The cuddliest and most bizarre animals that you can call your own. From the pint-sized sugar glider to the spiny hedgehog there are some unusual exotic pets that animal lovers can make a part of their family
10. Kinkajou- If you’re like most, you’ve never heard of this animal. Though more closely related to racoons, adult kinkajous (sometimes referred to as honeybears) look like a cross between a monkey and an (albeit tiny) bear, with dense, wooly fur. Adults can weigh anywhere from three to ten pounds and tend to be solitary creatures who take well to bird toys. They are nocturnal, so most owners typically keep them penned up at night when they’re most active. If you’re willing to go through the agita of having to build an outdoor enclosure a Kinkajou might be the right fit for you, particularly if you prefer mild mannered pets to high-octane puppies or territorial kittens. Mostly, they’re fruitarians, though some are known to develop strawberry allergies and most all do best when kept away from citrus of any sort. Kinkajous are traditionally tree dwellers and possess the rare ability to rotate their hind ankles, which enables them to run quickly both forward and backward. Though their piercing cries, screeches and occasional barks have earned them the nickname la llorona in the rainforests of South America, they’re known to be pretty docile, if messy, housepets.
9. Sugar gliders- Though these tiny creatures are commonly mistaken as rodents, they’re actually marsupials, loosely related to the kangaroo and koala bear. Unlike most rodents, they have an average lifespan similar to dogs in addition to a similar level of intelligence, which allows them to complete basic tricks and come when called. If fed the proper diet they won’t emit any odor-- unlike other rodents and ferrets, which I always thought smelled like urinal cakes, even on their best days. Adults are nocturnal and weigh roughly six ounces. Unlike kinkajous, sugar gliders are highly social creatures that tend to live in colonies. PETA has railed against keeping sugar gliders as housepets, as they tend to be bred in conditions similar to puppy mills and because of their size, are smuggled across countries in exceedingly inhumane ways which can include, being stuffed into extremely tiny containers. As their name implies, sugar gliders can glide between trees resting upwards of 150 feet away from each other. Think of them as bug-eyed, white bellied, furry little parachutes, sharp in tooth and claw.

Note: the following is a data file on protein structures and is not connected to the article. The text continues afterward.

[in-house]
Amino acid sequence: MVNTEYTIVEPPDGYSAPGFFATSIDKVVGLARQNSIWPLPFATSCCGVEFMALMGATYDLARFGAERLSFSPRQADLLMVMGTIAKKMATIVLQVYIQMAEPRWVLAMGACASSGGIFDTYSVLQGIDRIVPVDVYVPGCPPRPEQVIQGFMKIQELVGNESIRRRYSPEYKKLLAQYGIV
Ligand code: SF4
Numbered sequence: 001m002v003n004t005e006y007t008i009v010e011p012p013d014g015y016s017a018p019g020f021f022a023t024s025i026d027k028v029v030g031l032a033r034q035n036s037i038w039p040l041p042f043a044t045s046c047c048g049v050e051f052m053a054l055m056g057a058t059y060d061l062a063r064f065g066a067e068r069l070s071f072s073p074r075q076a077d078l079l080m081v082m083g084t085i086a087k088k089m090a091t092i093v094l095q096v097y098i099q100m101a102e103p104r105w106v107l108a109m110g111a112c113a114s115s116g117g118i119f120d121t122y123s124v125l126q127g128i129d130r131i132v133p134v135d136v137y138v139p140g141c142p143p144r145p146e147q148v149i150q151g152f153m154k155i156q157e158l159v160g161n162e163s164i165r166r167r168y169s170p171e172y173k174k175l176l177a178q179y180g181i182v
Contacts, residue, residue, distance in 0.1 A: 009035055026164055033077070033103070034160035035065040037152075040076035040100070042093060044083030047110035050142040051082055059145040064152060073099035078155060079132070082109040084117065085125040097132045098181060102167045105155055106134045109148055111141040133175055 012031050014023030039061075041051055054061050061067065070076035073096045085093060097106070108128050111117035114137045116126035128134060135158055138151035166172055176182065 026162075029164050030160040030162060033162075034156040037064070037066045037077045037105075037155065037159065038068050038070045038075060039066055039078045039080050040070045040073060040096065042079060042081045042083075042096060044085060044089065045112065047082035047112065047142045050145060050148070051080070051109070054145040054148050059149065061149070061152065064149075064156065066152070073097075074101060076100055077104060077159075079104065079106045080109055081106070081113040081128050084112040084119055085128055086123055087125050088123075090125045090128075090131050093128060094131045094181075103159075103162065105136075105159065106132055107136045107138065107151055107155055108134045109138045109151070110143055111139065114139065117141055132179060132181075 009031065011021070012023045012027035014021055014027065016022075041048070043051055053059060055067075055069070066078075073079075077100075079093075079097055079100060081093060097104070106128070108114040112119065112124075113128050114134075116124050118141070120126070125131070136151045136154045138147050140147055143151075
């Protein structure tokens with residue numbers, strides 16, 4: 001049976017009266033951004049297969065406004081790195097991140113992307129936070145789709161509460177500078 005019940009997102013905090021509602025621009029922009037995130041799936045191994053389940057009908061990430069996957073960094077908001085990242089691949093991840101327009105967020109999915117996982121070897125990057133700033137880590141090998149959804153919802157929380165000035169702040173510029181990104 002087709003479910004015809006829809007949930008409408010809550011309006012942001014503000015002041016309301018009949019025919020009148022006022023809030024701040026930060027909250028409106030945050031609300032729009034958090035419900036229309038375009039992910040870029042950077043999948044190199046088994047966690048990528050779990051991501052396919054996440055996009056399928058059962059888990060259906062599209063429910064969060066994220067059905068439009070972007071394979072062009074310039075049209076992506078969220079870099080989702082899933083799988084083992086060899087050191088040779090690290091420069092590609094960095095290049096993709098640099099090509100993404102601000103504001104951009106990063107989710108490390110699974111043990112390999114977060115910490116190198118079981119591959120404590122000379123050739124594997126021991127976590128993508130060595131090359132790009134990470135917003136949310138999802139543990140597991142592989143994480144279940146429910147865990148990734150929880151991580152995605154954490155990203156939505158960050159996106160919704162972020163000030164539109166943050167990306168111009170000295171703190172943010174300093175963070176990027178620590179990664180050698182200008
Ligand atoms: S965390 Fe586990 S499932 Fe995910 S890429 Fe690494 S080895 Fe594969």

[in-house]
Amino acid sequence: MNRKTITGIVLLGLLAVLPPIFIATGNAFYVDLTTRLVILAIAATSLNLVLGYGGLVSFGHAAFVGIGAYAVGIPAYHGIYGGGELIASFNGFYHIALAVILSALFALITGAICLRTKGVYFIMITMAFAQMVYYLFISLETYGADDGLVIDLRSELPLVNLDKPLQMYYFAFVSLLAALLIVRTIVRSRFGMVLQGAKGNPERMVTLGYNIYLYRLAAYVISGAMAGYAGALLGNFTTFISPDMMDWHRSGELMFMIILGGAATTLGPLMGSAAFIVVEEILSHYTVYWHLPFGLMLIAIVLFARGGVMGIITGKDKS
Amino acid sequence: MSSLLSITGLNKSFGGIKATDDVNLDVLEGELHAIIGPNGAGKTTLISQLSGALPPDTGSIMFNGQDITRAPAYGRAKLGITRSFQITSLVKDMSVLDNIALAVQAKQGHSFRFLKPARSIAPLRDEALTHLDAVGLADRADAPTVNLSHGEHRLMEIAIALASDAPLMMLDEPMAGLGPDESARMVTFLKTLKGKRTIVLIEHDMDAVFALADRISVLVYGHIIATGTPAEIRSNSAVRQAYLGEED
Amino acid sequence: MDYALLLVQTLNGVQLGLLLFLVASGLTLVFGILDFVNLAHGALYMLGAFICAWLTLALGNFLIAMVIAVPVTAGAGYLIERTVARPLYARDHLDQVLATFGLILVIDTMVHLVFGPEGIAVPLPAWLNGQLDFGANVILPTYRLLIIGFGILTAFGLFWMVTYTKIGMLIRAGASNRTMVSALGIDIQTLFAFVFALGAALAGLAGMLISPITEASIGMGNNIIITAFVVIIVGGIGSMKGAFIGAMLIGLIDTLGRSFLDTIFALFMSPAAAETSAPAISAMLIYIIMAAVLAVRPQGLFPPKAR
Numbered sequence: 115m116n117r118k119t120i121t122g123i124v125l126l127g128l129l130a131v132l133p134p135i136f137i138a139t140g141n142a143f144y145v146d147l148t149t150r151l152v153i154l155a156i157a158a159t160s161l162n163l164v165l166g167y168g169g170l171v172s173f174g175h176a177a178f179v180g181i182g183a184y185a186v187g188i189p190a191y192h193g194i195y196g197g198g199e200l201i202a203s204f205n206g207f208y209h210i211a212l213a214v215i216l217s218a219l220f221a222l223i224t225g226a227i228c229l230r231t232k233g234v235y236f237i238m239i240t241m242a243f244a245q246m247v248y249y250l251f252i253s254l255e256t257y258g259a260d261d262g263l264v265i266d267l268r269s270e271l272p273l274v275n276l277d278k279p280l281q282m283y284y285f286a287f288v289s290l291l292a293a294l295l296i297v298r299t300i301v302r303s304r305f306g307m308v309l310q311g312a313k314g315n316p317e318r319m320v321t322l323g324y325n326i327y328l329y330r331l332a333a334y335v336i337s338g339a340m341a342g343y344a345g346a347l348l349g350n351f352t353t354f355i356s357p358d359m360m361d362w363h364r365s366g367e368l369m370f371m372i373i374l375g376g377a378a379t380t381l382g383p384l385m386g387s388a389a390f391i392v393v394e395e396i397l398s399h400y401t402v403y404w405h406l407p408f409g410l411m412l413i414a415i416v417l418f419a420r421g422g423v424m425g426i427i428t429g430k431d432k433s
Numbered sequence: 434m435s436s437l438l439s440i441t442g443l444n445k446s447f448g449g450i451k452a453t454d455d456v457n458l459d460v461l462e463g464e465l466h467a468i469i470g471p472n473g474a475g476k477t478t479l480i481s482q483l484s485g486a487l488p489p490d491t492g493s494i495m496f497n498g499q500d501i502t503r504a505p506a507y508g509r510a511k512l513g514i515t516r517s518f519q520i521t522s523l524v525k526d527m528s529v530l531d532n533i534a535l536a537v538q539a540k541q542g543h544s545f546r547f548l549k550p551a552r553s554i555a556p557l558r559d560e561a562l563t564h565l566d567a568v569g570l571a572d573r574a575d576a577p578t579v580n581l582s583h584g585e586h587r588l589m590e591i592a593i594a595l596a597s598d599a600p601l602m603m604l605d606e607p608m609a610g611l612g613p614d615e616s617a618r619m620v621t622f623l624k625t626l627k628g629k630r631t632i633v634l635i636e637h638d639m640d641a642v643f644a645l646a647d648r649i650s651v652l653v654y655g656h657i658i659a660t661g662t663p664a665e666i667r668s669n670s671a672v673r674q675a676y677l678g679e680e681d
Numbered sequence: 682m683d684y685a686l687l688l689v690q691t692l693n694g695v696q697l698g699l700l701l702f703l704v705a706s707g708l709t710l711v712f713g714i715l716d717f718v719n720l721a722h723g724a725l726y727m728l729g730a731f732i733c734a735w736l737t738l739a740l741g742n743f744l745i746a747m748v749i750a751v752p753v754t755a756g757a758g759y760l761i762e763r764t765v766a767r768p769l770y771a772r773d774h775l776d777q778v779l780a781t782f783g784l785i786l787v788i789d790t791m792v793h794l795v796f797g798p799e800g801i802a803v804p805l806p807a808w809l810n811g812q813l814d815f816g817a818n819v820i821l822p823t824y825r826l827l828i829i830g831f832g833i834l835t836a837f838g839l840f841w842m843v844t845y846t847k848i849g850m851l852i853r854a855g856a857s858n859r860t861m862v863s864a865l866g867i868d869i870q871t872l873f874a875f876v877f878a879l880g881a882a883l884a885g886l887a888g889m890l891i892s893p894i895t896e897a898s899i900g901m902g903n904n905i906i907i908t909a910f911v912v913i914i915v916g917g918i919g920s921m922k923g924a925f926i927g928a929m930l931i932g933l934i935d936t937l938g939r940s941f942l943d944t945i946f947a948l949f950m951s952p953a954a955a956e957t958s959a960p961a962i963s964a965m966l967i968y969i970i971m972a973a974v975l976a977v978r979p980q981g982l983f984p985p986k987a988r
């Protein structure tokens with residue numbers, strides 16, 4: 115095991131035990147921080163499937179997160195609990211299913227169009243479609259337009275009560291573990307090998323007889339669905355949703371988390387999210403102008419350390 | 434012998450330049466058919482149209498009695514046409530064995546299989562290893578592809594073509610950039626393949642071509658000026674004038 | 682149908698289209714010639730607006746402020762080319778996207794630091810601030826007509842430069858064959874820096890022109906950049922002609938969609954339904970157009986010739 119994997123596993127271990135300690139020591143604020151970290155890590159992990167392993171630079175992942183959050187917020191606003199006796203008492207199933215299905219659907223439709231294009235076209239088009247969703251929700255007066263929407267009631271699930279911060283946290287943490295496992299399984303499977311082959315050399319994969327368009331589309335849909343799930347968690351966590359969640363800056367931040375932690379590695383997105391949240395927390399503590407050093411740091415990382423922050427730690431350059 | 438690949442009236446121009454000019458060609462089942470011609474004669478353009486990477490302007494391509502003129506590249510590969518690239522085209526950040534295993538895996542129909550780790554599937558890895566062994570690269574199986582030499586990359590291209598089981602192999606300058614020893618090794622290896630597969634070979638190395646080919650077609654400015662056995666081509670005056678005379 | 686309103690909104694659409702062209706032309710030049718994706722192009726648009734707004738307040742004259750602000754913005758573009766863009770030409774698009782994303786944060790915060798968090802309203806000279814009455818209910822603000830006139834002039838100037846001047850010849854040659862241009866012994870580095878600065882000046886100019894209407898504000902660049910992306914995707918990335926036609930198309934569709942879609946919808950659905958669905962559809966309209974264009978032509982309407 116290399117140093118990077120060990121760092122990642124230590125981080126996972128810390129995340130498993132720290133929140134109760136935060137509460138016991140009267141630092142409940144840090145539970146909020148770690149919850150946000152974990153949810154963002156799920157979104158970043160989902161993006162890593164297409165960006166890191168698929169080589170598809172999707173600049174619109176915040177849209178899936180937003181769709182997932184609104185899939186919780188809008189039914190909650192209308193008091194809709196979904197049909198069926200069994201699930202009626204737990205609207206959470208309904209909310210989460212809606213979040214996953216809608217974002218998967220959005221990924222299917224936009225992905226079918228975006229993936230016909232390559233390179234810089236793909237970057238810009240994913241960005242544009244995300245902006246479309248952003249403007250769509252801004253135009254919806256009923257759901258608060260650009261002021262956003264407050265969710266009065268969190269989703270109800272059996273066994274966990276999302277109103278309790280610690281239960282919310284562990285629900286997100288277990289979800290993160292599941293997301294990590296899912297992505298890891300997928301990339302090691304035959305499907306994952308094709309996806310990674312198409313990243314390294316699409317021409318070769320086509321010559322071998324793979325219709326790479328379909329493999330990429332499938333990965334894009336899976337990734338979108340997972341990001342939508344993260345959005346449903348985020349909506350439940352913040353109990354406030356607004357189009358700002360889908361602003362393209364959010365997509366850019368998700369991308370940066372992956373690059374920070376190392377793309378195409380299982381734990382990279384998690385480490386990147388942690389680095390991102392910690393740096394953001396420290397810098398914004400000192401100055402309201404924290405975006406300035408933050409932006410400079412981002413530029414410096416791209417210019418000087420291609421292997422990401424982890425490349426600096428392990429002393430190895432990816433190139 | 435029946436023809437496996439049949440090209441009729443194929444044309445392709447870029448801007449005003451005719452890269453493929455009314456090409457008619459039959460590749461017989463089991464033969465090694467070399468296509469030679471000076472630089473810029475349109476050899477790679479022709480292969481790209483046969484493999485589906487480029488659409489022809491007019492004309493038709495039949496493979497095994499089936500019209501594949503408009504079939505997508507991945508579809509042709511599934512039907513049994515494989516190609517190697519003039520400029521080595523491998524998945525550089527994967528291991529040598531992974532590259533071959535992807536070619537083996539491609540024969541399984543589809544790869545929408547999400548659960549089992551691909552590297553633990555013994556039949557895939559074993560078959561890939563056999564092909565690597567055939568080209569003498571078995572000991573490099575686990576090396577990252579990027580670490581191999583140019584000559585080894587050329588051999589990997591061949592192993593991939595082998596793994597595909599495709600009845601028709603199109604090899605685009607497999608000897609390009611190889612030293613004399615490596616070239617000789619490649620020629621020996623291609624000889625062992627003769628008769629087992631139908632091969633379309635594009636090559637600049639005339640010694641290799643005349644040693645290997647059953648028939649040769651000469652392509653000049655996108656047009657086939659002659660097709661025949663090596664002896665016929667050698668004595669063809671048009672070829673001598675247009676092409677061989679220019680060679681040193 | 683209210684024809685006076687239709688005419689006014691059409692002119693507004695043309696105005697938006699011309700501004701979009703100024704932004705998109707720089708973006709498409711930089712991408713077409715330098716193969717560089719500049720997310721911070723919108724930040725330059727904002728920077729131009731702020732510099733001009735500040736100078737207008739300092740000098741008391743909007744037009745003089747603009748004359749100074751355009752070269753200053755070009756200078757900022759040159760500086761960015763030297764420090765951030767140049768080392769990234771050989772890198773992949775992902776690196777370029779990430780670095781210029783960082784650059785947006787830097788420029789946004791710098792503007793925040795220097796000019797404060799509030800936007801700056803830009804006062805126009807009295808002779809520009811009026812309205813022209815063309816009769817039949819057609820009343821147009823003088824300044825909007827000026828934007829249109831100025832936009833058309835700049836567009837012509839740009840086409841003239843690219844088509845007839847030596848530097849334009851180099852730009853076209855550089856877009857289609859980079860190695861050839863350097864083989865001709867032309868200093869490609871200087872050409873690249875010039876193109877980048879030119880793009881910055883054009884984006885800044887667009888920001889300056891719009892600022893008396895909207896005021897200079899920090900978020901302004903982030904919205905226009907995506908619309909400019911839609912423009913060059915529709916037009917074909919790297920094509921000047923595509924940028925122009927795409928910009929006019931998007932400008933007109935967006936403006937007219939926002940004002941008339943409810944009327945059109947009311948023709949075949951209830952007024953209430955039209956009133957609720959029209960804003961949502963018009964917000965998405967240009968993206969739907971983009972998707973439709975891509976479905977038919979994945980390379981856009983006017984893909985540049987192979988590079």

8. Wallaby- Cousins to kangaroos, Wallabies are marsupial creatures which are best suited to owners who can provide ample space for them to jump, run and play in. Because of this, most yards aren’t suited to these animals’ needs. Would-be owners should take note that they’re notoriously difficult to housetrain, in addition to house in general, given their size, energy levels, strong hind legs and nocturnal hardwiring. They differ from kangaroos in that their teeth have flat rows, as opposed to curved rows and typically feed on leaves, which require less slicing than the grass that most kangaroos eat. Wallabies are typically two and a half feet tall and weigh roughly thirty pounds, though some breeds have been known to grow as large as fifty pounds and stand six feet tall. In different parts of the country, pet owners have noticed that their wallabies make a fine substitute for lawn mowers, given their insatiable appetite for grass. Rural areas are the best for these pets.